What does the recovery process from an eating disorder look like? Why should you release black-and-white thinking when it comes to recovery from eating disorders? How can you nurture your hope for recovery? In this podcast episode, Dr. Cristina Castagnini discusses different recovery methods with two experts.


Sarah Dosanjh is a psychotherapist and author of the book, I Can't Stop Eating. As someone in recovery from binge eating, she draws on her personal and professional experience to create content designed to help others struggling with food and body image. Check out The Binge Eating Therapist website. You can find Sarah on Instagram, Facebook, YouTube and as the co-host of the Life After Diets podcast.   Stefanie is an occupational therapist and certified holistic health coach who works with women healing their relationship with food and body image. She uses her "boots on the ground" experience of recovery from binge eating to help others heal through 1:1 and group coaching programs. Stefanie is also the co-host of the Life After Diets podcast and hosts regular "closet coaching" sessions on Instagram stories. Check out her website I Am Stefanie Michele and listen to her podcast. Connect with her on Facebook, Instagram, and Pinterest. Her book is also free here on Youtube.  


  • Recovery
  • Permission
  • Hope


Recovery is completely possible, although it may not always look like how you envision it to be. To remain in a state of balance means to accept that some days will be harder than others and that recovery may take different forms during your day.
I think a lot of people have this idea and what they think recovery is is actually this idealized version of themselves. When they feel like they keep falling short of that they feel like they’re not recovering because it’s not what they thought it’s supposed to be. (Stefanie Michele)
Sometimes how one thinks they will heal looks completely different from how they end up healing.


Be gentle with yourself, become an observer of your feelings and daily needs, and be open to the idea that sometimes you may need to do things that feel foreign to you because they are good for you. Next to being an observer of your wants and needs, and being open to trying things that may feel uncomfortable in the beginning, permit yourself to try them. Give yourself permission to try things and be sure to tell yourself that it is possible. Surround yourself with people who encourage you, and allow yourself to be helped.


Right now there are so many resources and looking at something that you maybe haven’t looked at before … when I started to learn about these different ways of thinking about food recovery and having a relationship with food … I started paying attention. (Sarah Dosanjh)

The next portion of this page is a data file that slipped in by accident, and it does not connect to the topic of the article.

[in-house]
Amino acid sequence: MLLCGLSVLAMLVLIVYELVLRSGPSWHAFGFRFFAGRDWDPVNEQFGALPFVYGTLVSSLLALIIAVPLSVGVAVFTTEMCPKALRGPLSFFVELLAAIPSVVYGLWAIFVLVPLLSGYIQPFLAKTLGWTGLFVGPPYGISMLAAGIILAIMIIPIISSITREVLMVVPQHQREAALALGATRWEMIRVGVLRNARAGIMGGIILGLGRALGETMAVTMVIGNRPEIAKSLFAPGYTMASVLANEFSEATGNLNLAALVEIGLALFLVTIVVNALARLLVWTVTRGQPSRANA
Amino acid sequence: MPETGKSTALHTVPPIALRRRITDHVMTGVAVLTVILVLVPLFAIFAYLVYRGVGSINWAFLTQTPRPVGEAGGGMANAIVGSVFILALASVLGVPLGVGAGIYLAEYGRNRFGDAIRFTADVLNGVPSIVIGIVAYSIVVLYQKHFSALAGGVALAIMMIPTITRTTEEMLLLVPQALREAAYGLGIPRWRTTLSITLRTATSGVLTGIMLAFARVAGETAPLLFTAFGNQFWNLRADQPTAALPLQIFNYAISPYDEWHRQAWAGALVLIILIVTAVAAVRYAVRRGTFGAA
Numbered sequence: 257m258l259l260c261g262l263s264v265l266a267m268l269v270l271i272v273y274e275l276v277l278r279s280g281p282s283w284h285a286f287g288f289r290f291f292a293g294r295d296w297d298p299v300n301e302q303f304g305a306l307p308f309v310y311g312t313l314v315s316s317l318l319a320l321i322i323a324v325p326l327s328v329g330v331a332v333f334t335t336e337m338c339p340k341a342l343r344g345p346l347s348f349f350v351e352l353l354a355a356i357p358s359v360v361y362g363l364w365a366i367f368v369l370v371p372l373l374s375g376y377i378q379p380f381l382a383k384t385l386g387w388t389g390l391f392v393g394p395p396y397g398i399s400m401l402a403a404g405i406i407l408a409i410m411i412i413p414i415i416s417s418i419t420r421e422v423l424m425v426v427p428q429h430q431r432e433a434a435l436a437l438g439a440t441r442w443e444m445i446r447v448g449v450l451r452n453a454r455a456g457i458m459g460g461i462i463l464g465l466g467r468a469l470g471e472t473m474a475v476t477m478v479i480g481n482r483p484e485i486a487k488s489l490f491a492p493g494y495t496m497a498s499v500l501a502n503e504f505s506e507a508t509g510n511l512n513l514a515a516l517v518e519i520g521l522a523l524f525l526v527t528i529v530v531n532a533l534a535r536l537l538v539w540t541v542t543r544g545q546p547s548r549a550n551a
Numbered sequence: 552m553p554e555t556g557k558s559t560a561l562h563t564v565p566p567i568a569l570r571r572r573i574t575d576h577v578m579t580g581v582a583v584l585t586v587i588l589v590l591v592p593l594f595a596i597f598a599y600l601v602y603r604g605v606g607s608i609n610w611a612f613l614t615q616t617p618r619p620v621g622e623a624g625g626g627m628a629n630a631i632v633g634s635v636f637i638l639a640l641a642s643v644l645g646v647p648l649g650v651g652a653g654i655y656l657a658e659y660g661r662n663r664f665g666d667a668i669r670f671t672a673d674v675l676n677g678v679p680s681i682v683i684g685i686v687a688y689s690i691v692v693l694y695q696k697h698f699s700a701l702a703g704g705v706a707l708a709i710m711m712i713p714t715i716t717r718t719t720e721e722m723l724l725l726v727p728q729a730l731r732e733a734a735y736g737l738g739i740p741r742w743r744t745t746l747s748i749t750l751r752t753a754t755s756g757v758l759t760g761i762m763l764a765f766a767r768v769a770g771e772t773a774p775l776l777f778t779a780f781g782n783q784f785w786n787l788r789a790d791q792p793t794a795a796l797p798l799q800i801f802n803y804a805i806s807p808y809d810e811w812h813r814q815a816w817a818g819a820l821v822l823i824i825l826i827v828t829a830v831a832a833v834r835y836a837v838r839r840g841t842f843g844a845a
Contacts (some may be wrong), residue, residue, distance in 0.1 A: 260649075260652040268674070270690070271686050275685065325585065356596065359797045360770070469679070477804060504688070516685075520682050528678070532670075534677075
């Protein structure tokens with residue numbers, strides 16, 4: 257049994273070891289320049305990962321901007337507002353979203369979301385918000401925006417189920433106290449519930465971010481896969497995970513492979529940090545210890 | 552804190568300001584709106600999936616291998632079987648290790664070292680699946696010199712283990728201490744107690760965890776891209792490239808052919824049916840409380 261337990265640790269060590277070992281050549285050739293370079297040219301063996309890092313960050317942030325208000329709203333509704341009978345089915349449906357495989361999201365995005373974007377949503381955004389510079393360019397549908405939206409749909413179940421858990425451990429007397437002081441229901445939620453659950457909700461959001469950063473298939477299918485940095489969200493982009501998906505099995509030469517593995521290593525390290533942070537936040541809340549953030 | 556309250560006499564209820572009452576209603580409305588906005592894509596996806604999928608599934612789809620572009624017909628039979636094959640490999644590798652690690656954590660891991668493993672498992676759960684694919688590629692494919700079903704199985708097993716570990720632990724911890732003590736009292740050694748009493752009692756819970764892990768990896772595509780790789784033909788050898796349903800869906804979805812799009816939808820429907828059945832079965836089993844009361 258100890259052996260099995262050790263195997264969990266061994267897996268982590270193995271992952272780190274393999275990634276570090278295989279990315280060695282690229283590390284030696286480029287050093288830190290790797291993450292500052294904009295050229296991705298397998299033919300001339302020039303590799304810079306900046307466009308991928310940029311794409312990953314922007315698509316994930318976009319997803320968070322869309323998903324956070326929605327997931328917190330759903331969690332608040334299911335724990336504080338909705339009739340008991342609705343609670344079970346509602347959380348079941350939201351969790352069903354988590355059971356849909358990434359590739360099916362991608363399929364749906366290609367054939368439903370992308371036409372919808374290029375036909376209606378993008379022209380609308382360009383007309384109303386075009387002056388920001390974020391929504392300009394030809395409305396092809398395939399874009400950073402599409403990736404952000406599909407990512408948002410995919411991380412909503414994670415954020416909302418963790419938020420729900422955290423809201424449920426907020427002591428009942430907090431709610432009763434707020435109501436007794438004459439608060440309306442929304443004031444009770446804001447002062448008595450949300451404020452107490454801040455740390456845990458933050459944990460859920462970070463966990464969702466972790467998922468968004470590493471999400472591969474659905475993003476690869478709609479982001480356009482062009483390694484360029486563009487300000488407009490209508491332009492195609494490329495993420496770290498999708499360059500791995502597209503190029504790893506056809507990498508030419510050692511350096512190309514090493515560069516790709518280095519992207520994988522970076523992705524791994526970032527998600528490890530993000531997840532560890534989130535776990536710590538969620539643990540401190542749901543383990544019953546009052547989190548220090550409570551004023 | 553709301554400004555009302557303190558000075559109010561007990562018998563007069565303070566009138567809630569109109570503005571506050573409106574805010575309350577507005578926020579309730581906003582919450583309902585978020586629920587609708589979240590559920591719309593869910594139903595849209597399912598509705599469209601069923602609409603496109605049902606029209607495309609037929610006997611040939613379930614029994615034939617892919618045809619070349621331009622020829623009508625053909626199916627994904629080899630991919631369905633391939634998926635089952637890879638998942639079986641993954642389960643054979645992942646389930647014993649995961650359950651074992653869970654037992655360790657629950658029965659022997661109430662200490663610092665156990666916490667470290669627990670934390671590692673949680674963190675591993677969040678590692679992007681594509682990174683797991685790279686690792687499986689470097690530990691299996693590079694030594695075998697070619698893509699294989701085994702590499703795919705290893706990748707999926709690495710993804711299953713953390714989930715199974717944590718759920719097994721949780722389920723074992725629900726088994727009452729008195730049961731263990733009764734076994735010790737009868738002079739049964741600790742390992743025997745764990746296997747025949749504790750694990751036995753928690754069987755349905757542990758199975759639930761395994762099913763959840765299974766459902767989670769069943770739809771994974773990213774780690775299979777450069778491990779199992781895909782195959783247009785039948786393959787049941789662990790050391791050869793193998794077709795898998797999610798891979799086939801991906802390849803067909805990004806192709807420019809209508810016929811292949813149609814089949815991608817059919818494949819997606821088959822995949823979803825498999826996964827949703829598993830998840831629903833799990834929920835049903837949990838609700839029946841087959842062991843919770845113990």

Even if something feels overwhelming in the beginning, it does not mean that it is not true. When you are recovering from an eating disorder topics such as intuitive eating may seem uncomfortable, but they can provide you with the hope that it is possible to work with them. There is more out there than you have come across or even tried yet, and all of it can help you in your recovery.
Just the listening and integrating of these different ways of thinking about recovery is a great place to just sit for a while. There’s no pressure to change or recover very quickly because you can sit and learn and let that seed be planted for a while and know that it might turn into something in its own time when you’re ready. (Sarah Dosanjh)

Books mentioned in this episode:

BOOK | Sarah Dosanjh – I Can’t Stop Eating



I am a licensed Psychologist and Certified Eating Disorder Specialist. While I may have over 20 years of clinical experience, what I also have is the experience of having been a patient who had an eating disorder as well. One thing that I never had during all of my treatment was someone who could look me in the eye and honestly say to me "hey, I've been there. I understand". Going through treatment for an eating disorder is one of the hardest and scariest things to do. I remember being asked to do things that scared me. Things I now know ultimately helped me to get better. But, at the time, I had serious doubts and fears about it. If even one of my providers had been able to tell me "I know it's scary, but I had to go through that part too. Here's what will probably happen...." then perhaps I would not have gone in and out of treatment so many times. My own experience ultimately led me to specialize in treating eating disorders. I wanted to be the therapist I never had; the one who "got it". I will be giving you my perspective and information as an expert and clinician who has been treating patients for over 2 decades. But don't just take my word for it...keep listening to hear the truly informative insights and knowledge guest experts have to share. I am so happy you are here!


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